Tickets to America, ghost stories, royalty and the weight of the world all feature in this virtual tour by Elizabeth Charnley, Green Badge guide for the Bridgewater Canal in Salford.

17th March Zoom-in Talks – A History of GB by Nursery Rhymes

with Alexandra Fairclough, Green Badge Guide for the Bridgewater Canal

We all love nursery rhymes but do we understand the possible meanings behind them? Join me to explore the dark side of the nursery rhyme!

When? Wed, March 17, 2021 7:00 PM – 8:15 PM GMT

Every culture in the world has invented  songs and rhymes for its’ young.  Did you know they were a way of spreading news through a generally illiterate society much like social media were a method of gossiping too.

Of course the distinctive sing-song metre, tonality and rhythm that characterises ‘motherese’, has a proven evolutionary value and this is reflected in the very nature of nursery rhymes. Whilst we all know the benefits of nursery rhymes which includes emotional connections and language development do we really understand their possible meanings.  They tell us the history of our island through coded words. Its truly fascinating.

Join me, a former early years music practitioner, to learn the amazing histories and theories behind our great nursery rhymes.

This zoom talk is open to all regardless of age, geographic location, etc. and since it is an online/virtual event via Zoom you can connect from anywhere in the world.


Explore the picturesque village…but all is not what it seems! Hear the story of 3 stately homes & the houses in this beautiful village.

A talk by Alexandra Fairclough Green Badge Guide for the Bridgewater Canal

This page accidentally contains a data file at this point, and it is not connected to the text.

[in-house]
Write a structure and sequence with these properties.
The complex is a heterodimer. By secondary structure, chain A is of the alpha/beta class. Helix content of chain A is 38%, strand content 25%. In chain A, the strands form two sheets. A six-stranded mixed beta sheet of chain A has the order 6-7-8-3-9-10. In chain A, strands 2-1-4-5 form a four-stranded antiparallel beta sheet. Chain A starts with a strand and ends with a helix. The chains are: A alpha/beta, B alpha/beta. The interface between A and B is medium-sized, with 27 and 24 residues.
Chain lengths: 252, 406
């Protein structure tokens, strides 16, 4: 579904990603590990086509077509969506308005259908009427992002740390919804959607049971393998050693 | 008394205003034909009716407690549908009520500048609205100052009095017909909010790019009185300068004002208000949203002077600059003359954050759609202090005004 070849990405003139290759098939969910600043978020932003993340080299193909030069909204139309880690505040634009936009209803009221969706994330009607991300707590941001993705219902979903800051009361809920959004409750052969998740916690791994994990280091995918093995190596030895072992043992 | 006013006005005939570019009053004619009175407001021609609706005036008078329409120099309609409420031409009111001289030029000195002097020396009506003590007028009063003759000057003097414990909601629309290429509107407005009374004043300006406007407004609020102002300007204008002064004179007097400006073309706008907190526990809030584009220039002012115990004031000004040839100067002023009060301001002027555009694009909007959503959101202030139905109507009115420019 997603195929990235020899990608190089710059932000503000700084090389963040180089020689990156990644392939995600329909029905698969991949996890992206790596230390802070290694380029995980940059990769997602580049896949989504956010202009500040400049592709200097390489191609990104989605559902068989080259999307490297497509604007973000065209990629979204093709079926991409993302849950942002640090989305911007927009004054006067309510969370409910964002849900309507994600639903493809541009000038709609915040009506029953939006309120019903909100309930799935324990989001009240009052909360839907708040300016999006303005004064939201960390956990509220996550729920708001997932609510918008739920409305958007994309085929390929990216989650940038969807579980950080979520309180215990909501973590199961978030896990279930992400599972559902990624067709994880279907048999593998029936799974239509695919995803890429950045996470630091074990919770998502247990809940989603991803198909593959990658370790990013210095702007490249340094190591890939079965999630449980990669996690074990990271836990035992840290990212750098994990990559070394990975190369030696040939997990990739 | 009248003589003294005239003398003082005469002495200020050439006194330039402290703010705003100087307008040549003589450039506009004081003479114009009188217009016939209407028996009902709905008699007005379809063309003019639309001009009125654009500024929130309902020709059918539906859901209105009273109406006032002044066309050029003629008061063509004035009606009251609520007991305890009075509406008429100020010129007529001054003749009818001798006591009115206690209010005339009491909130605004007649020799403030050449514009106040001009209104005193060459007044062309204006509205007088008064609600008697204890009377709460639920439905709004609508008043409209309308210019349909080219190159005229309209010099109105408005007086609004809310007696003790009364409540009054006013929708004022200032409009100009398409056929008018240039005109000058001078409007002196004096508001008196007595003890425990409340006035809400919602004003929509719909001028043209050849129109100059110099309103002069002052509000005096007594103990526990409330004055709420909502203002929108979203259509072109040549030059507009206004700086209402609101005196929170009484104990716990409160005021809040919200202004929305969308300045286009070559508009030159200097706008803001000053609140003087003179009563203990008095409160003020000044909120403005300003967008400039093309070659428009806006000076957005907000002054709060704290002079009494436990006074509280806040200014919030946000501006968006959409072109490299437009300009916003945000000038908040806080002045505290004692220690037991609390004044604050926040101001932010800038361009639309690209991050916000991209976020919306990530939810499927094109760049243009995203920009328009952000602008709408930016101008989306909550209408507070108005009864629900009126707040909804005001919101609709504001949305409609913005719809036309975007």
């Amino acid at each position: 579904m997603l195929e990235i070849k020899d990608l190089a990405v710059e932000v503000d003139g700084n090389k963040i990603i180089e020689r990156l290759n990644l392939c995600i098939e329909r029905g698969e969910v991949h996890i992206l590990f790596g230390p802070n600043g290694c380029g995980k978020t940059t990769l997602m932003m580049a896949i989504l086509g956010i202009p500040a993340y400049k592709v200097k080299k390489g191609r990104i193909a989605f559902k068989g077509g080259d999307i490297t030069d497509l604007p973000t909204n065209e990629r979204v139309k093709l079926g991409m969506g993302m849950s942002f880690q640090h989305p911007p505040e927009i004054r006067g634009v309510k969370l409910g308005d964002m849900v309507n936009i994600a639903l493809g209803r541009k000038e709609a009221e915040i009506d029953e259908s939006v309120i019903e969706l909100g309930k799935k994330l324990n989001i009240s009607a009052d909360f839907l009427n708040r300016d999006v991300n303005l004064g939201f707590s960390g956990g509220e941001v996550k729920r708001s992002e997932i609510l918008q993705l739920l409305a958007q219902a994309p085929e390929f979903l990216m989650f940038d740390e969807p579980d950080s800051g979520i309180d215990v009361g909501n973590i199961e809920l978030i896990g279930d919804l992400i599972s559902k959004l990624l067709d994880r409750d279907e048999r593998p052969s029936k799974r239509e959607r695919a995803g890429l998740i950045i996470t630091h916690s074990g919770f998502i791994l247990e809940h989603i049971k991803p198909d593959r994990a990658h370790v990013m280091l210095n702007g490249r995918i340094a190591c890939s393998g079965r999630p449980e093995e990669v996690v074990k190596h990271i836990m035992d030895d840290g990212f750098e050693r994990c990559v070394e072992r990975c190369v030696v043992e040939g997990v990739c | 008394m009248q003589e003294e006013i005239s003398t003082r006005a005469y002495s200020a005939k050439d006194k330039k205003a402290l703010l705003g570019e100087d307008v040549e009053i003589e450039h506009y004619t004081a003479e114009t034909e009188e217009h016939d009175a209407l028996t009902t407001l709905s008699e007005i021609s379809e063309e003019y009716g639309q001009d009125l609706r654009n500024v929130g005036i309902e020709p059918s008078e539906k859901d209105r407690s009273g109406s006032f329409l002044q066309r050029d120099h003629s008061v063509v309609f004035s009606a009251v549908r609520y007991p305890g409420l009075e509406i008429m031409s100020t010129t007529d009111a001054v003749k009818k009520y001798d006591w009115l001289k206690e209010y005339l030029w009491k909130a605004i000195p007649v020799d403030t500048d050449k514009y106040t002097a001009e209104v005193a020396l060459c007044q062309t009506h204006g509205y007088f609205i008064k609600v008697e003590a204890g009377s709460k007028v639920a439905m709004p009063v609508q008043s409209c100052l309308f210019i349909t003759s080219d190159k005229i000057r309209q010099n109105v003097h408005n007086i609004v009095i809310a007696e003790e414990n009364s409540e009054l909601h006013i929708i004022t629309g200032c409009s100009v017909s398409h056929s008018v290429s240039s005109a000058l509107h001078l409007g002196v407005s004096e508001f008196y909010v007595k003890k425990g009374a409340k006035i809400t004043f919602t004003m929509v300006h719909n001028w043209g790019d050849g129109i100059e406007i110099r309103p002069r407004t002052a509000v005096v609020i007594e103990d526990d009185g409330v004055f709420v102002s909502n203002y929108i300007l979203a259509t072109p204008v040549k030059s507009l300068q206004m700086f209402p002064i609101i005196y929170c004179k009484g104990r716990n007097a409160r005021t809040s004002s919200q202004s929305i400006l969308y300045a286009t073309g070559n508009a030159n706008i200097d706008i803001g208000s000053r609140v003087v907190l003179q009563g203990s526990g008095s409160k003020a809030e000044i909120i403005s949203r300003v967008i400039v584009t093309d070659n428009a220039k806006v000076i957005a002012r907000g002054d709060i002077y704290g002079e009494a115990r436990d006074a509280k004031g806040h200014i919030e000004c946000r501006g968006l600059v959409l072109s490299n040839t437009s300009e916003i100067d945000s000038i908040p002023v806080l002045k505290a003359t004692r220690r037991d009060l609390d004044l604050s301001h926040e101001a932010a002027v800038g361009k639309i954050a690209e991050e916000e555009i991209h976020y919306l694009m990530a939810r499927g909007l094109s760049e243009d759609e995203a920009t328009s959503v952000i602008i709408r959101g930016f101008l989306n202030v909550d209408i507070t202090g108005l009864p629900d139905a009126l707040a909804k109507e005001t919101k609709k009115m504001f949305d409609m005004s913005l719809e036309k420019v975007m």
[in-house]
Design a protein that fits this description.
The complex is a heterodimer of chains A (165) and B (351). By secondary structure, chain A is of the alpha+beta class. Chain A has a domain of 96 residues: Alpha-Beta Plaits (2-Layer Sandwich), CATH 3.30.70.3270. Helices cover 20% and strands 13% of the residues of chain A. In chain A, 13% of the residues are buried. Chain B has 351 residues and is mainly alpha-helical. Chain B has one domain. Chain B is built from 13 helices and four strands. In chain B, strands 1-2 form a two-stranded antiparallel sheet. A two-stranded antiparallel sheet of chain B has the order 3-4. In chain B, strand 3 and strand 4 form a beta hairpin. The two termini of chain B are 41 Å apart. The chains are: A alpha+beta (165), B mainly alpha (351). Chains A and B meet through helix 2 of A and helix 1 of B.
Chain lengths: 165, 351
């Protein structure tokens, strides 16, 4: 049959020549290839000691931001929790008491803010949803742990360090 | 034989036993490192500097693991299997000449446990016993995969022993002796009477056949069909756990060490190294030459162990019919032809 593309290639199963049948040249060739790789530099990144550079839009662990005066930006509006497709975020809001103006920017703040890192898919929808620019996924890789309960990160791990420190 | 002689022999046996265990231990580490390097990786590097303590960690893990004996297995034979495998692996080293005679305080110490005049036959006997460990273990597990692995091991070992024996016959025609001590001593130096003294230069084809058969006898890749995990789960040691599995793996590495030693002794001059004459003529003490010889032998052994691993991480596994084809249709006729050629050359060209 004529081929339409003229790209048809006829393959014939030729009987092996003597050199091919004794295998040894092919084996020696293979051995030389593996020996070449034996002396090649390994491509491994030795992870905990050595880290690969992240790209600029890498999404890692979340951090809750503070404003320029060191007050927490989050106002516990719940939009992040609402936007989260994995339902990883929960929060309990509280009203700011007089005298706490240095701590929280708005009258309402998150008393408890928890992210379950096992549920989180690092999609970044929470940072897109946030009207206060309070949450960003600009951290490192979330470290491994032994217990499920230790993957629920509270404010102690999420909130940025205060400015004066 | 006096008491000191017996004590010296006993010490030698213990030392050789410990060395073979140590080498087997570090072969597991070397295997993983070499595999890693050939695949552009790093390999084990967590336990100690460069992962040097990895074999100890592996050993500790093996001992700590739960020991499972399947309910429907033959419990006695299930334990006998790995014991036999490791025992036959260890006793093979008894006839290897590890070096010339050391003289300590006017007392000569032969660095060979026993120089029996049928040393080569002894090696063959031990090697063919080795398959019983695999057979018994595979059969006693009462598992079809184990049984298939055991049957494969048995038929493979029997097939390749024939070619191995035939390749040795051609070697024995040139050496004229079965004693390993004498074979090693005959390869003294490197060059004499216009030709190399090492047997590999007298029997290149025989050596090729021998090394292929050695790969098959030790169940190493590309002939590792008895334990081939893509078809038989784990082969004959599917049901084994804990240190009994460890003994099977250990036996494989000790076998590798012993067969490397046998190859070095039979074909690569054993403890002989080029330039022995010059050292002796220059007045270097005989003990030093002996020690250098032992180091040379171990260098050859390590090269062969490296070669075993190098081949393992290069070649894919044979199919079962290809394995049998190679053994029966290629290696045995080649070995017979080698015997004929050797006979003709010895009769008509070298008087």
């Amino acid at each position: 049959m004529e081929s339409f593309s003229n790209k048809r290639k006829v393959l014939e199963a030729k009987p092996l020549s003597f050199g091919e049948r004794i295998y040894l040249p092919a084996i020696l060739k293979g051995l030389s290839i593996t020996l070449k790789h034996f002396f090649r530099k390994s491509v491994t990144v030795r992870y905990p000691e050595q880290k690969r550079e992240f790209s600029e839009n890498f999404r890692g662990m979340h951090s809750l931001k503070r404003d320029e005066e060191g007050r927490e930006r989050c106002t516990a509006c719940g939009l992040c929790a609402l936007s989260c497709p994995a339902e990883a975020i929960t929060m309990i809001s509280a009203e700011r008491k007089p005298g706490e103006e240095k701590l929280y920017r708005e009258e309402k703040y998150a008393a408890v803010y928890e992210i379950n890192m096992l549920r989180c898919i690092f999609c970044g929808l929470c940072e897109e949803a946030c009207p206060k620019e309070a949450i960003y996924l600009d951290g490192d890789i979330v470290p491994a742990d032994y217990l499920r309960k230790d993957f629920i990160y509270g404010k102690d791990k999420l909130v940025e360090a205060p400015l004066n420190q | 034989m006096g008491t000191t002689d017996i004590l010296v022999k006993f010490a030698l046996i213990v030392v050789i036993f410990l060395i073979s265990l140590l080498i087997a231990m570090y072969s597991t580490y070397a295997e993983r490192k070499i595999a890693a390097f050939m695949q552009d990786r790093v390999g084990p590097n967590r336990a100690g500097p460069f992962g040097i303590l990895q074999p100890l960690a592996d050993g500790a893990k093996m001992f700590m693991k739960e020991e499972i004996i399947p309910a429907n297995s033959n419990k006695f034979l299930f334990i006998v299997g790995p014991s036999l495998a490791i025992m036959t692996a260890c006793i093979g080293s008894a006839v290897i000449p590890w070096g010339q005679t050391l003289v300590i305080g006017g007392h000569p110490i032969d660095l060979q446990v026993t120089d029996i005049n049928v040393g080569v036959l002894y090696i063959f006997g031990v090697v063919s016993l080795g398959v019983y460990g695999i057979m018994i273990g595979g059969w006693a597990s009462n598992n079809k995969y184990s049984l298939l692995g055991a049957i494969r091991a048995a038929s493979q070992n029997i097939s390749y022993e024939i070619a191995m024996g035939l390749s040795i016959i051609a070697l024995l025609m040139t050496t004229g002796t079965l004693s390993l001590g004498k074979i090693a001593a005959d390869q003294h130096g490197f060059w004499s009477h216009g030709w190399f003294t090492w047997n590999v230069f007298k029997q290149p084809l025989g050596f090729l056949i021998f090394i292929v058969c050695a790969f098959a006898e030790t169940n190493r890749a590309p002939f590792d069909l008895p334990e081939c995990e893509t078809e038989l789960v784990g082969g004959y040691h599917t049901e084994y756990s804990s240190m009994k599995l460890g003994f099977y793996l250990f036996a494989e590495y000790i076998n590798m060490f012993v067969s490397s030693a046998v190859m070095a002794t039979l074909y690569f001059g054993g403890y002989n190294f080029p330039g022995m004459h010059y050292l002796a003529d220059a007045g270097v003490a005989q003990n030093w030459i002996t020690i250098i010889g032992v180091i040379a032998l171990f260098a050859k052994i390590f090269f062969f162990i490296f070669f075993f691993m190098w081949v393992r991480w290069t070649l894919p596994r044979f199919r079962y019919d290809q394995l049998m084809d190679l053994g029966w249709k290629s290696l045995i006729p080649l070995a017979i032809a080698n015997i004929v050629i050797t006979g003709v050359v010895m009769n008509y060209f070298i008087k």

Sat February 27th 2021 7:00 – 8:15 PM GMT

Grab yourself a coffee or tipple and sit comfortably in your favourite armchair. I will then step back in time to show you how wonderful Worsley evolved. Its history is hidden from obvious view.  Using maps and images, we will discover people and communities that created this famous cradle of the industrial revolution including famous people and their achievements and lesser known men and women whose blood and sweat we benefit from today. 

Hopefully, afterwards you will look at the streets and buildings in a different light. I look forward to meeting you all online.

Bridgewater Guided Tours set fee for virtual tours is £8 per household but as an introductory offer I’m doing a limited number of early bird price of £5 per household plus booking fee. When the early bird tickets are gone – they’re gone, so book now! 

I’m donating my profit to Worsley Civic Trust and History Society to help support them. 

This zoom talk is open to all regardless of age, geographic location, etc. and since it is an online/virtual event via Zoom you can connect from anywhere in the world.

Zoom events have a limit on the number of people that can participate and therefore the event may “sell-out” once a certain number of registrations has been reached.

Min number is 10 participants to go ahead. (Full refund if it doesn’t go ahead).

Zoom connection link will be emailed.

Login info will emailed approximately 8-24 hours prior to the event to those that registered through the Eventbrite.

If you’ve successfully registered you’ll receive an email confirmation from Eventbrite.